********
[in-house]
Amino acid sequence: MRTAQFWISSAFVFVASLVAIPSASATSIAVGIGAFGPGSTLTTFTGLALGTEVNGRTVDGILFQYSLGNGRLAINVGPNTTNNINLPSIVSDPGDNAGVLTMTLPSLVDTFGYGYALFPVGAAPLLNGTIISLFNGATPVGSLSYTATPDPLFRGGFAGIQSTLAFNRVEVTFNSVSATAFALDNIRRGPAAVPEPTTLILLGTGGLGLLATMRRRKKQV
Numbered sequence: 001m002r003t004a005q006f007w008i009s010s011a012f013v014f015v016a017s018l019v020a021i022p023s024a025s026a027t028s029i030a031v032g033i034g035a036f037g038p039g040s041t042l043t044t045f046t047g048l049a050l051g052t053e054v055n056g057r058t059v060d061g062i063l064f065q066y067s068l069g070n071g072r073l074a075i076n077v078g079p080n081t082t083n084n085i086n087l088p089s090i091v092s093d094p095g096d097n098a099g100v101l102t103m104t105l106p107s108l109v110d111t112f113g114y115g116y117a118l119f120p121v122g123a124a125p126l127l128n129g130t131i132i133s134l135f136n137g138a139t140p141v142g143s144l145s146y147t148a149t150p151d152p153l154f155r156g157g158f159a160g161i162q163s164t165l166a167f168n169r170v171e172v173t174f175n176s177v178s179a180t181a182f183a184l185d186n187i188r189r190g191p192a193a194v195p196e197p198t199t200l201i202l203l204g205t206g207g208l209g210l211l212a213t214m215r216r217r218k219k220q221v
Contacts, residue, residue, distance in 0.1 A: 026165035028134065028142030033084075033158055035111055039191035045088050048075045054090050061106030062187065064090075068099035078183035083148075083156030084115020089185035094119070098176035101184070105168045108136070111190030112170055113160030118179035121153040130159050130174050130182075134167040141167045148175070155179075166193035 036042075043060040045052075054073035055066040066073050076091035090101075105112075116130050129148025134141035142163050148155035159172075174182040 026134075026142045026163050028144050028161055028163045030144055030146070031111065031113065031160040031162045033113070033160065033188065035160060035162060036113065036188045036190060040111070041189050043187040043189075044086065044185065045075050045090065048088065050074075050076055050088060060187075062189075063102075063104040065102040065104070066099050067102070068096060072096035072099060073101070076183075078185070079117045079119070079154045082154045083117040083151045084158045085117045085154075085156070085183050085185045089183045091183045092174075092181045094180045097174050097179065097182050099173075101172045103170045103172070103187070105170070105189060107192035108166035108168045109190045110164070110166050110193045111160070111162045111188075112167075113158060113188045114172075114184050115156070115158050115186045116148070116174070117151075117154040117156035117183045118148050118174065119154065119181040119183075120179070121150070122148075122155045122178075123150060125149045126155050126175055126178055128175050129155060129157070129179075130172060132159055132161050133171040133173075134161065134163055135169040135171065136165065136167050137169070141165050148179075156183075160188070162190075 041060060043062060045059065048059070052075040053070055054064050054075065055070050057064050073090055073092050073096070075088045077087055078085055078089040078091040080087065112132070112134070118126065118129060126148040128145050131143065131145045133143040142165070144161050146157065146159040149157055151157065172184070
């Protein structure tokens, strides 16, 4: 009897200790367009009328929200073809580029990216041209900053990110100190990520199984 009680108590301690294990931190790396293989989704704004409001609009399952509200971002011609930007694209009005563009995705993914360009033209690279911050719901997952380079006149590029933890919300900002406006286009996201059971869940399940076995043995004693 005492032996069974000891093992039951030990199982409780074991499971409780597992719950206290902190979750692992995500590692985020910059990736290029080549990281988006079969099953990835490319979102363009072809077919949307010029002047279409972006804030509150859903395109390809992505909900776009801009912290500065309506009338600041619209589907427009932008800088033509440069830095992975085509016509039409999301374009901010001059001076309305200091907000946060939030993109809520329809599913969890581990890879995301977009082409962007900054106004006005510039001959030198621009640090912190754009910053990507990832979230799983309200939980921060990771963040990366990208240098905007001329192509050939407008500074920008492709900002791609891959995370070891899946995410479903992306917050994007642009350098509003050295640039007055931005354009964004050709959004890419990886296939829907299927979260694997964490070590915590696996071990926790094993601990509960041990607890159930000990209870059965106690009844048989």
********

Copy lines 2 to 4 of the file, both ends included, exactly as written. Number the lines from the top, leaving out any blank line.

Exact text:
Amino acid sequence: MRTAQFWISSAFVFVASLVAIPSASATSIAVGIGAFGPGSTLTTFTGLALGTEVNGRTVDGILFQYSLGNGRLAINVGPNTTNNINLPSIVSDPGDNAGVLTMTLPSLVDTFGYGYALFPVGAAPLLNGTIISLFNGATPVGSLSYTATPDPLFRGGFAGIQSTLAFNRVEVTFNSVSATAFALDNIRRGPAAVPEPTTLILLGTGGLGLLATMRRRKKQV
Numbered sequence: 001m002r003t004a005q006f007w008i009s010s011a012f013v014f015v016a017s018l019v020a021i022p023s024a025s026a027t028s029i030a031v032g033i034g035a036f037g038p039g040s041t042l043t044t045f046t047g048l049a050l051g052t053e054v055n056g057r058t059v060d061g062i063l064f065q066y067s068l069g070n071g072r073l074a075i076n077v078g079p080n081t082t083n084n085i086n087l088p089s090i091v092s093d094p095g096d097n098a099g100v101l102t103m104t105l106p107s108l109v110d111t112f113g114y115g116y117a118l119f120p121v122g123a124a125p126l127l128n129g130t131i132i133s134l135f136n137g138a139t140p141v142g143s144l145s146y147t148a149t150p151d152p153l154f155r156g157g158f159a160g161i162q163s164t165l166a167f168n169r170v171e172v173t174f175n176s177v178s179a180t181a182f183a184l185d186n187i188r189r190g191p192a193a194v195p196e197p198t199t200l201i202l203l204g205t206g207g208l209g210l211l212a213t214m215r216r217r218k219k220q221v
Contacts, residue, residue, distance in 0.1 A: 026165035028134065028142030033084075033158055035111055039191035045088050048075045054090050061106030062187065064090075068099035078183035083148075083156030084115020089185035094119070098176035101184070105168045108136070111190030112170055113160030118179035121153040130159050130174050130182075134167040141167045148175070155179075166193035 036042075043060040045052075054073035055066040066073050076091035090101075105112075116130050129148025134141035142163050148155035159172075174182040 026134075026142045026163050028144050028161055028163045030144055030146070031111065031113065031160040031162045033113070033160065033188065035160060035162060036113065036188045036190060040111070041189050043187040043189075044086065044185065045075050045090065048088065050074075050076055050088060060187075062189075063102075063104040065102040065104070066099050067102070068096060072096035072099060073101070076183075078185070079117045079119070079154045082154045083117040083151045084158045085117045085154075085156070085183050085185045089183045091183045092174075092181045094180045097174050097179065097182050099173075101172045103170045103172070103187070105170070105189060107192035108166035108168045109190045110164070110166050110193045111160070111162045111188075112167075113158060113188045114172075114184050115156070115158050115186045116148070116174070117151075117154040117156035117183045118148050118174065119154065119181040119183075120179070121150070122148075122155045122178075123150060125149045126155050126175055126178055128175050129155060129157070129179075130172060132159055132161050133171040133173075134161065134163055135169040135171065136165065136167050137169070141165050148179075156183075160188070162190075 041060060043062060045059065048059070052075040053070055054064050054075065055070050057064050073090055073092050073096070075088045077087055078085055078089040078091040080087065112132070112134070118126065118129060126148040128145050131143065131145045133143040142165070144161050146157065146159040149157055151157065172184070